Here in Charleston, SC we have a local chocolatier that is heads and shoulders above the rest- Sweeteeth Chocolate. Everything they make is second to none.
Problem is- their average bar is $7, even at that price I gladly buy 3 or 4 at a time because I know that I’m getting is something special. Something made from the best ingredients by a guy in my neighborhood that has a passion for what he does and a funky aesthetic … and at the end of the day the flavors are perfect- FOR ME. Its not dumbed down to lowest common denominator. They aren’t cloning a Hershey’s bar. They’ve made a recipe that does not cater to the masses. If you like it, great, buy another and tell a friend. But if you don’t like it, I doubt that you would hurt anyone’s feelings.
When you launch a boutique brand, part of the equation is knowing that you simply can’t please everyone.
What does any of this have to do with boutique guitar pedals? Everything…. gimme a minute and I’ll get to it.
I recently picked up an older American Amp Maker X tube combo amp. Its got a great clean channel, but the distortion side wasn’t even a good Hershey’s bar clone. It was more like the cheap Christmas stocking chocolate. Given the era of the amp (early 90’s) I don’t think I have much room to complain. The amp was designed and built in an era not known for ground breaking tone. So, in an effort to appeal to as large an audience as possible, American Amp Maker X released something that, by today’s standards, is almost unusable. The same way Hershey’s bars are inedible by the standards set by Sweeteeth Chocolate.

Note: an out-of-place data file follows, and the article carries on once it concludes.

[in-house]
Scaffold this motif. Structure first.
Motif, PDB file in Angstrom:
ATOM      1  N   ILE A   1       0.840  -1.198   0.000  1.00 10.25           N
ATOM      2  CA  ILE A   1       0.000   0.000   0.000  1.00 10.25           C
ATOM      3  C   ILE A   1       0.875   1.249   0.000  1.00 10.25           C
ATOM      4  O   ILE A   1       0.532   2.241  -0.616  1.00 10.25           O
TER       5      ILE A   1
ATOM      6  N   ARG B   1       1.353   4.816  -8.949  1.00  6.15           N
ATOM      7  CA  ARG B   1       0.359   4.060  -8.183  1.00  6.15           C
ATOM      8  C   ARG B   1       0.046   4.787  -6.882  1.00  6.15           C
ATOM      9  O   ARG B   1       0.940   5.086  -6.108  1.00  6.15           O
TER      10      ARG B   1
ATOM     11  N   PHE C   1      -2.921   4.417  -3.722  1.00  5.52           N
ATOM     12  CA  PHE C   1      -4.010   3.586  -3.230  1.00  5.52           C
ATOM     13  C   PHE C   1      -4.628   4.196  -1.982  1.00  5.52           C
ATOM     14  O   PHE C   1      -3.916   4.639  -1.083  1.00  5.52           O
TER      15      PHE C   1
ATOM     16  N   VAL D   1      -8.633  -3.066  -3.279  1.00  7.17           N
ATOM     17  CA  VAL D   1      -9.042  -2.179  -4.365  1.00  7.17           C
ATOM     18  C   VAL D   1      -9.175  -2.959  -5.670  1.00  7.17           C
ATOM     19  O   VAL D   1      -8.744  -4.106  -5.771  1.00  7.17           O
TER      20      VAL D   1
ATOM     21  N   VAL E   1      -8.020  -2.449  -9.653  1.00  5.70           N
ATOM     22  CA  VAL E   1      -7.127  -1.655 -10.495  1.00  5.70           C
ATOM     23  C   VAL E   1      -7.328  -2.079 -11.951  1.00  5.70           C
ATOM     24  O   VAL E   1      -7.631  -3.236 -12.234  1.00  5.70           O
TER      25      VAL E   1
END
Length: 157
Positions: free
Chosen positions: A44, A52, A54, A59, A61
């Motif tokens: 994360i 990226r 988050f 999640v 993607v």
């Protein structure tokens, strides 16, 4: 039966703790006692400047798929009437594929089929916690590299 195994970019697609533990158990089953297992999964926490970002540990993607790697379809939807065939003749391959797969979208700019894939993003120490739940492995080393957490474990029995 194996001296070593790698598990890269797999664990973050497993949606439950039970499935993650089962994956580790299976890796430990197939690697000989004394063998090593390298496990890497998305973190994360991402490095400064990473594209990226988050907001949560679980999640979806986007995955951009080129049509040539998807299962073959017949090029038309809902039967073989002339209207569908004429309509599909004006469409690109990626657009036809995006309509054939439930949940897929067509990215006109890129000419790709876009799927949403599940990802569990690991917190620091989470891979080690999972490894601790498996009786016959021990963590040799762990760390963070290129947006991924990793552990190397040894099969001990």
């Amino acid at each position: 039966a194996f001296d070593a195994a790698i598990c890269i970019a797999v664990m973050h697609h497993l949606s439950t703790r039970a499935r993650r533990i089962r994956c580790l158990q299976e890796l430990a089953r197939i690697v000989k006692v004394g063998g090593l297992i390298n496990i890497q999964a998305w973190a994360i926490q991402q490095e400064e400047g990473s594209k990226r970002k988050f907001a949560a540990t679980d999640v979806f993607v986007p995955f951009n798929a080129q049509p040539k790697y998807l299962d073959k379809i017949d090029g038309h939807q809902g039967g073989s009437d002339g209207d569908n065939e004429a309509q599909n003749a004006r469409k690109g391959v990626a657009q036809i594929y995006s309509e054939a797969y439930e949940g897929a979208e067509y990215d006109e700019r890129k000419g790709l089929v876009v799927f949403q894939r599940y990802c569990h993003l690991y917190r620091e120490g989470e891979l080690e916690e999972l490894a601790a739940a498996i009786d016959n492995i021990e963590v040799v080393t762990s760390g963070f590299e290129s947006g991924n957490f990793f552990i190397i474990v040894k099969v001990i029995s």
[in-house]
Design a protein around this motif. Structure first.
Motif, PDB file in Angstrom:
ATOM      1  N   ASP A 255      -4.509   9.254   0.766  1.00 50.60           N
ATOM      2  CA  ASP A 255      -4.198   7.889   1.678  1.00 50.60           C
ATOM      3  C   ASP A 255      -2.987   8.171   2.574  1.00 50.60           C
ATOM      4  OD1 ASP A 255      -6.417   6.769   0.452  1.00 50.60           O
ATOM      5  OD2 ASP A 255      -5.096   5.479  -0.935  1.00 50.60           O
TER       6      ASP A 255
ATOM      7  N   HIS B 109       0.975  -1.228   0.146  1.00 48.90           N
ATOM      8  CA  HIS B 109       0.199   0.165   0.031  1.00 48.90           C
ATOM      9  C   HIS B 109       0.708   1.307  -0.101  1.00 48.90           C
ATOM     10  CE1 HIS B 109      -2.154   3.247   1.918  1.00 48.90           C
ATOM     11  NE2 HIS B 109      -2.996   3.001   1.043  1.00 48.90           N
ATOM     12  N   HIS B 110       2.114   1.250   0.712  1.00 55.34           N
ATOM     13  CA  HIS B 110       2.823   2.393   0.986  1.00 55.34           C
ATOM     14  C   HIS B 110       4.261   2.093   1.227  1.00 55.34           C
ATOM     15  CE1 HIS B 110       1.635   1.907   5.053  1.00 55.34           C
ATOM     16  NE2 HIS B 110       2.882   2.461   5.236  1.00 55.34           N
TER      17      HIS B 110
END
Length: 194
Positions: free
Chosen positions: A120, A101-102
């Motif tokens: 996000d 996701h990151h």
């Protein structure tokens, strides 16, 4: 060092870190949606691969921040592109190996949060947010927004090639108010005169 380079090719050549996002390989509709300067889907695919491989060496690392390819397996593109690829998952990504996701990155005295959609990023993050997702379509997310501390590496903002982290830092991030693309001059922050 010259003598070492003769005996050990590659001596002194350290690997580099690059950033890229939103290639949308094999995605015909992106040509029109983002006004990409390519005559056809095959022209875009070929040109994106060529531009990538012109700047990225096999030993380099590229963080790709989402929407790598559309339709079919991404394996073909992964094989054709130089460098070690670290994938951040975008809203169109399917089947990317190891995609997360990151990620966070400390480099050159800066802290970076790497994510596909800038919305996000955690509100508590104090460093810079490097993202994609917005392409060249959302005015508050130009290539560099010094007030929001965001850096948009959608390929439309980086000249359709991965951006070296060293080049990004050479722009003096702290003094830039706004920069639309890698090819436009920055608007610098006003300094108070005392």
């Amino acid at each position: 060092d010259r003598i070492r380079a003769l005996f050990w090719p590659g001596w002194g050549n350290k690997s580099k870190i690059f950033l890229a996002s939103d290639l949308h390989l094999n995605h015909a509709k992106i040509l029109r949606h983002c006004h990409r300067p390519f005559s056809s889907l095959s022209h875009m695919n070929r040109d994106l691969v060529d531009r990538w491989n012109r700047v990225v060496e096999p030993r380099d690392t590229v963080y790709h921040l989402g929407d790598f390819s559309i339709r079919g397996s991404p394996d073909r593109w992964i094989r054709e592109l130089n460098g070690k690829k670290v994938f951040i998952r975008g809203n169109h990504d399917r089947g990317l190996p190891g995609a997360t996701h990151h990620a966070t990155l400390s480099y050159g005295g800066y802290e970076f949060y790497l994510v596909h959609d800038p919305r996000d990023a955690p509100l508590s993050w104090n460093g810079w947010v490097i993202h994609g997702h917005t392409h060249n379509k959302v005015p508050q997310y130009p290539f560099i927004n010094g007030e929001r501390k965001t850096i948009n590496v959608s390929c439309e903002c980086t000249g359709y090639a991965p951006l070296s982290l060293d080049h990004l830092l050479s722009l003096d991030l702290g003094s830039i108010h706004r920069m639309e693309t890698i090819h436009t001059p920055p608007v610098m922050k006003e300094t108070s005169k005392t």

The same holds true in the guitar pedal world.
How many mass produced import pedals have you plugged in to that sounded… just OK? Probably the vast majority. There are a few stand-outs. The Tube Screamer from Ibanez is one of those- but even as a stand-out there are people making a living by modifying it- hell I’ve done it myself! Now we just wrap the best of those mods into the Dead Horse Overdrive.
Are all of these mass produced designs bad? Not at all. Most of them are fantastic starting points. But things get lost along the way. When you design something with the intention of producing 100,000 of them- you want to sell all 100,000. To do that you have to make it as inoffensive, as lowest common denominator… as Hershey’s bar as you can. So you add things, or remove things, or tune frequencies out through part selection based on lowest common denominator.
What am I trying to say with all of this? I’m not sure anymore… but I think it had something to do with getting what you paid for. No, that’s not it. I guess what it boils down to is this: To get your own voice- expect to do/buy/make/invent something that isn’t mass produced. Just look at legendary tones of the past 50 years- most of them weren’t off the shelf. They we’re combined, modified, and tweaked to get THAT sound… that fingerprint you recognize with 1 note.
Don’t be afraid to invest in your voice. The vast majority of retailers, and boutique manufacturers for that matter, offer great return policies on the gear they sell. Take advantage it it! Experiment, find what works for you, as well as what doesn’t.
To make that investment even easier Pro Tone Pedals is bringing back payment installments! In 2010 Pro Tone made history by being the 1st boutique pedal manufacturer to offer payment installments… and we’re bringing em back! We’ll break your payments into 3 equal installments- the 1st payment gets your order into our build queue, the 2nd payment ships it out, and the 3rd will come after you’ve been rocking your new gear for a while. So its 66.6% lay-away and 33.3% credit.
Be sure to sign up for the newsletter (its in the left hand menu) to be notified when we roll the payment installments out.
As always- have fun!